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Kawasaki Disease (cont.)

What are the symptoms and signs of Kawasaki disease?

Kawasaki disease is an acute vasculitis that affects otherwise healthy children. The diagnosis of the disease is based on criteria as follows:

Fever of at least five days duration, exclusion of other causes of fever, and at least four of the following five clinical features

  • 1. Bilateral nonpurulent conjunctival injection (red eyes)

    2. Changes in the lips and oral cavity (red and cracked lips, strawberry tongue)

    3. Rash (nonpetechial, nonbullous, nonvesicular)

    4. Changes in the extremities (edema of the hands or feet, red hands or feet, peeling of the palms or soles)

    5. Cervical lymphadenopathy (large lymph nodes of the neck, often unilateral)

    6. Or fewer of these findings with evidence of coronary aneurysms or coronary enlargement seen on echocardiogram

Typically, a child with Kawasaki disease will have a with sudden onset of fever that has no apparent source. The fever lasts longer than five days, and the child is irritable and generally ill appearing. In addition to the fever, the above symptoms may develop in any order and duration. The diagnosis is made when the above criteria are met and there is no other explanation for the symptoms such as strep throat or an acute drug reaction.

Kawasaki disease can be divided into phases, including the acute, early phase (fever and other symptoms) that lasts from five to 10 days and is followed by the subacute phase (development of coronary artery aneurysms) from 11-30 days, and finally the convalescent phase (resolution of acute symptoms) from four to six weeks. For untreated patients, some develop coronary artery aneurysms that often will result in an acute heart attack (myocardial infarction) from months to years after the diagnosis.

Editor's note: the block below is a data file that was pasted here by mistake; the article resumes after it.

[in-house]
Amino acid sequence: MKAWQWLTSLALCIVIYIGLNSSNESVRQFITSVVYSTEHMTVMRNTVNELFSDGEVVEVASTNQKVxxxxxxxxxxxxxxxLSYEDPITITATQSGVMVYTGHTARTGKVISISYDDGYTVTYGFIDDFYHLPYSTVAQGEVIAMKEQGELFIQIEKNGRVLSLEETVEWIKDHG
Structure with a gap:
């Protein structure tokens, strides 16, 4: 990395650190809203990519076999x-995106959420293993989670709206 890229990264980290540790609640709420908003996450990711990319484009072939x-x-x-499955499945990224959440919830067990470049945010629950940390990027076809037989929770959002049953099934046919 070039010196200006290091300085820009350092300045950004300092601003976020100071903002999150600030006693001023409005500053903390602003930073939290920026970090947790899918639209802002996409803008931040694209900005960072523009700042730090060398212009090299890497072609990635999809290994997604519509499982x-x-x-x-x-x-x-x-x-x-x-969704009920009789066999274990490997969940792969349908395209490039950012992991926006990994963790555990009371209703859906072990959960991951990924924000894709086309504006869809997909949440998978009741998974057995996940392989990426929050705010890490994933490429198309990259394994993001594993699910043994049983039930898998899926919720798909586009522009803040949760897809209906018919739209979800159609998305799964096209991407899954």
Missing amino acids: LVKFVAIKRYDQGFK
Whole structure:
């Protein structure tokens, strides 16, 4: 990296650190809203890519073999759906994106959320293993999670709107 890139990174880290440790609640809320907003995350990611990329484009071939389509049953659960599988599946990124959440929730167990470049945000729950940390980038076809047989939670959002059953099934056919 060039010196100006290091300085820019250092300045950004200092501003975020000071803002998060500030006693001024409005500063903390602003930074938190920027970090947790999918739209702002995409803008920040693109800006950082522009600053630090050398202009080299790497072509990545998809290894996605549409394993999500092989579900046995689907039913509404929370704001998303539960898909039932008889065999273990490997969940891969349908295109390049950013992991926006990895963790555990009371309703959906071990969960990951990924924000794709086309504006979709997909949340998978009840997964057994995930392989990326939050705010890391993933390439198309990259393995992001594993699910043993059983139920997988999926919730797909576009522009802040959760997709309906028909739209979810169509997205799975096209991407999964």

The clinical features of Kawasaki disease can be mistaken for other illnesses such as streptococcal or staphylococcal infections (scarlet fever, toxic shock syndrome), viral infections (measles, adenovirus), and drug reactions (Stevens-Johnson syndrome).

In addition, some patients, especially younger or older patients, may develop incomplete Kawasaki disease or atypical Kawasaki disease in which the child may not have all four clinical features. Diagnosis in these situations is much more difficult.

Medically Reviewed by a Doctor on 6/20/2016

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